The Future of Sports Collectibles; Asset-Backed NFTs | RareMint

The Future of Sports Collectibles; Asset-Backed NFTs | RareMint

March 30, 2022


The sports collectible market is an age-old hobby. After all, the entire basis of the market is finding historical objects and trying to keep them as they were, while they become increasingly rare and rise in value. This traditional mindset has characterized the world of sports collectibles for decades, even as sports themselves have entered the digital age. But things are about to change, as new digital capabilities are poised to alter the way the sports collectible industry does its business.

At the forefront of the coming change is the non-fungible token, or NFT. By combining the benefits of this new technology with the inherent value of rare historical objects, the new-look sports collectible world will be able to offer potential buyers and sellers much more value from their assets. Physical assets have many strengths as a means of storing and protecting value. But they pay for this with compromises in liquidity, physical security, and accessibility. In addition, sports collectibles are heavily reliant on authentication as a means of guaranteeing continued value. But that process is slow, inefficient, and not as reliable as it could be.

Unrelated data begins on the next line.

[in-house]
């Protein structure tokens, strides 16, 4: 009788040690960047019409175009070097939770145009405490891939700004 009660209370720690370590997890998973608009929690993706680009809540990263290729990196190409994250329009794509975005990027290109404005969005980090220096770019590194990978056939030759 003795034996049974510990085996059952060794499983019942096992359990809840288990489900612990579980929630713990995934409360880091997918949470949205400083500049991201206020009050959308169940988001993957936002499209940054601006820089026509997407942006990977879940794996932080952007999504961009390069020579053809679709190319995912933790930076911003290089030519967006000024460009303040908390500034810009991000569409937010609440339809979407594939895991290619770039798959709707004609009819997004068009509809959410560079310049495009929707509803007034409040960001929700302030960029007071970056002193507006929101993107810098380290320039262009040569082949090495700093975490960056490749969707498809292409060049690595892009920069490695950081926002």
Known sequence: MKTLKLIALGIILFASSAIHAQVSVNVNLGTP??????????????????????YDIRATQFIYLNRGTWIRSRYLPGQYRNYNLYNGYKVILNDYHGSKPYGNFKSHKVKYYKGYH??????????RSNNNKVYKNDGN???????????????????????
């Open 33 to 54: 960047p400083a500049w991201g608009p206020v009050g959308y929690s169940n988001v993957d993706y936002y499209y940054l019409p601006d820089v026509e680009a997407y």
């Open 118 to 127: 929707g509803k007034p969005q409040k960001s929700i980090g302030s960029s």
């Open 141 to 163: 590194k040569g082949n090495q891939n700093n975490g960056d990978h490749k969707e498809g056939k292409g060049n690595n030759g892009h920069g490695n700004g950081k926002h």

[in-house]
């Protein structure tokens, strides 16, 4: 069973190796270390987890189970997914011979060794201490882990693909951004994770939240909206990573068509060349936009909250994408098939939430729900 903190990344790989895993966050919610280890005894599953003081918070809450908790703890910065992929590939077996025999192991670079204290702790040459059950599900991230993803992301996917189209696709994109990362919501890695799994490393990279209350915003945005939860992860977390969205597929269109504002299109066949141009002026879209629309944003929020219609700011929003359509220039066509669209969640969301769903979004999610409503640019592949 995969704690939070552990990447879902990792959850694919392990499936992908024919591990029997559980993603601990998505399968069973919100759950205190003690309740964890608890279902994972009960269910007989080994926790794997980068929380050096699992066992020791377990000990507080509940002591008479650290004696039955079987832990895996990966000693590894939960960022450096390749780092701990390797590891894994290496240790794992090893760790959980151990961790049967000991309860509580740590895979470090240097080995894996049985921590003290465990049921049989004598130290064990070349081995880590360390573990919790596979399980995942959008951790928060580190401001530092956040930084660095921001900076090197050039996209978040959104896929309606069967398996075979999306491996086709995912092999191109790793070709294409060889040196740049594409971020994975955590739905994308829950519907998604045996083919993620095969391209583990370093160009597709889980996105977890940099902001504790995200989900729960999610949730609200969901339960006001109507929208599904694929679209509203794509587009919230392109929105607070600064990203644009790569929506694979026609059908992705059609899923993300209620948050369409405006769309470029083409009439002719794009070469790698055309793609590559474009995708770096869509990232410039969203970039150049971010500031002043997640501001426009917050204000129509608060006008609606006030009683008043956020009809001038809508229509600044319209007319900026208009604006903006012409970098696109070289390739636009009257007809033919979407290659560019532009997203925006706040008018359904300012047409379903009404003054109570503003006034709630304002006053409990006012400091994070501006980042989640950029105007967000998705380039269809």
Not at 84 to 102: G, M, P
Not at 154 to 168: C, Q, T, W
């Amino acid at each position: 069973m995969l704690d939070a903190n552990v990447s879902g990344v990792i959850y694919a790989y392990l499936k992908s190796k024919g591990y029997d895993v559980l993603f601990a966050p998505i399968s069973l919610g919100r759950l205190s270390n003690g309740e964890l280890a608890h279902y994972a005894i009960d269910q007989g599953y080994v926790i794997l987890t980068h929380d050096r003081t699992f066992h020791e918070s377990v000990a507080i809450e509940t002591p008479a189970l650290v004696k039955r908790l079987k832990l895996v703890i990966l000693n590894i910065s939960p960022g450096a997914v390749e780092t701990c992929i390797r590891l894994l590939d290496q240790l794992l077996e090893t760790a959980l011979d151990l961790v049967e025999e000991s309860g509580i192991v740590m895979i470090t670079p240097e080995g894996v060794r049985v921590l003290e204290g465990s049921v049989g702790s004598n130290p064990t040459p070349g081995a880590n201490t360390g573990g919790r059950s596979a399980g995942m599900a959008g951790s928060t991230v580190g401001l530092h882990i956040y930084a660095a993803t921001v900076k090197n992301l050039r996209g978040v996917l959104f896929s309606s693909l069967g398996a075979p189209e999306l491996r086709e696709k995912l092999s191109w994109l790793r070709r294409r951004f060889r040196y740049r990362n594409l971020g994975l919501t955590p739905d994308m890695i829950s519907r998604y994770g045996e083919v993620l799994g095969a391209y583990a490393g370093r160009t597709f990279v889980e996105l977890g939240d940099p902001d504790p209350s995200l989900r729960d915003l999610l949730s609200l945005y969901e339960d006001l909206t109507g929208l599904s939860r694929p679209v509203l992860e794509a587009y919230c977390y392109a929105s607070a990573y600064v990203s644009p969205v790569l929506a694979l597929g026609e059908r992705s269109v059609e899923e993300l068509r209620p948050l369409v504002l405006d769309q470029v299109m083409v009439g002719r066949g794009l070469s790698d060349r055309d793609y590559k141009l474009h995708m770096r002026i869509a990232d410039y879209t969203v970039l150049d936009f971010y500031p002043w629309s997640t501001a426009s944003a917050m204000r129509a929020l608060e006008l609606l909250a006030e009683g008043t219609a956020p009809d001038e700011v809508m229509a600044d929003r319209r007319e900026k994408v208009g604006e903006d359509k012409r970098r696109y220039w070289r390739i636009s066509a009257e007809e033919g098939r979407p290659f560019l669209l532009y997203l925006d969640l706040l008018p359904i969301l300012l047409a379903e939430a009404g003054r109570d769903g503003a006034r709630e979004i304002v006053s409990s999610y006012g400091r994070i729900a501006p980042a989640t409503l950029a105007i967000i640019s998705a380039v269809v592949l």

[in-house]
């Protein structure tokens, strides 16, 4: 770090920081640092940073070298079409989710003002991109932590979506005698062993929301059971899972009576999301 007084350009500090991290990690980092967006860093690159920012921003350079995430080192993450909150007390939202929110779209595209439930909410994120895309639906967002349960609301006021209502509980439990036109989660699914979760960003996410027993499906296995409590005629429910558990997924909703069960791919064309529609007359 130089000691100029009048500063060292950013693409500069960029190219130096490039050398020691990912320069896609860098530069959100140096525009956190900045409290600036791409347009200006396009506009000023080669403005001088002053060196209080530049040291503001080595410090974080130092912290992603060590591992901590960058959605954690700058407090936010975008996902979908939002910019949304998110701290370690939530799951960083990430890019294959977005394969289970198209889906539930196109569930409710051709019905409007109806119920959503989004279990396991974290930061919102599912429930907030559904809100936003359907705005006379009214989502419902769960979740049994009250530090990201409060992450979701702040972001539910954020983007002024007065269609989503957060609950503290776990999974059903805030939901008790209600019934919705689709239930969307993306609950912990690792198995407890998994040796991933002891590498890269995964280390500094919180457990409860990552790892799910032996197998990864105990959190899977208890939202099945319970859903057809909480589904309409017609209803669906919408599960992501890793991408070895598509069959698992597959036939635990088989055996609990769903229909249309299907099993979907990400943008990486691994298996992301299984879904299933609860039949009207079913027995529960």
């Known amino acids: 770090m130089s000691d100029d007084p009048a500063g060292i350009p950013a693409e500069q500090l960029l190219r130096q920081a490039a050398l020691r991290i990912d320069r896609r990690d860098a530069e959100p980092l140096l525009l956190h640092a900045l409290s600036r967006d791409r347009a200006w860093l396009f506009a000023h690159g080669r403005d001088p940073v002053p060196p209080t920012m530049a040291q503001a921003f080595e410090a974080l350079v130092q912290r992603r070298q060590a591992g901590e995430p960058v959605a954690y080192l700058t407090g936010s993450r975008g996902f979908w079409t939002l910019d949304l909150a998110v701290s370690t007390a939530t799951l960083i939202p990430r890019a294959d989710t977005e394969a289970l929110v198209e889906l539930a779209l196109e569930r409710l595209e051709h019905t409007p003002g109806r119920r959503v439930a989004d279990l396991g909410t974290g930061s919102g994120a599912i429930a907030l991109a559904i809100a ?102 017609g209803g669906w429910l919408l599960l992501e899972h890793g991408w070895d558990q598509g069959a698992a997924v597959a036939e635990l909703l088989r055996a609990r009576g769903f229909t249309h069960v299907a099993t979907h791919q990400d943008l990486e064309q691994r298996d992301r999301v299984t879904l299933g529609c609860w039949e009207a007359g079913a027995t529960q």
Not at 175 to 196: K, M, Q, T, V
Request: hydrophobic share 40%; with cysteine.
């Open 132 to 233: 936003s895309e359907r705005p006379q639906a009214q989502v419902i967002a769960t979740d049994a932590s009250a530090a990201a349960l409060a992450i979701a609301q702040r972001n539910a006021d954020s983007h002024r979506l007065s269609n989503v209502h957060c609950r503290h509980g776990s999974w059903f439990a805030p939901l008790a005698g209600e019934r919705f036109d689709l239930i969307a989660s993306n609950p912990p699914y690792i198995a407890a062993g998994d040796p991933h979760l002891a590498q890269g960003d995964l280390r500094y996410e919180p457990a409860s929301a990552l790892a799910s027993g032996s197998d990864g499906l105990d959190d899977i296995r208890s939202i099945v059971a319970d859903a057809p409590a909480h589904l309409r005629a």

Meanwhile, purely digital assets, such as cryptocurrencies and NFTs have difficulties of their own. Despite their flexibility and benefits, they tend to be subject to volatility, speculation, and a cyclical return pattern. They also tend to be isolated in their own ecosystem, and not easily traded for off-platform value.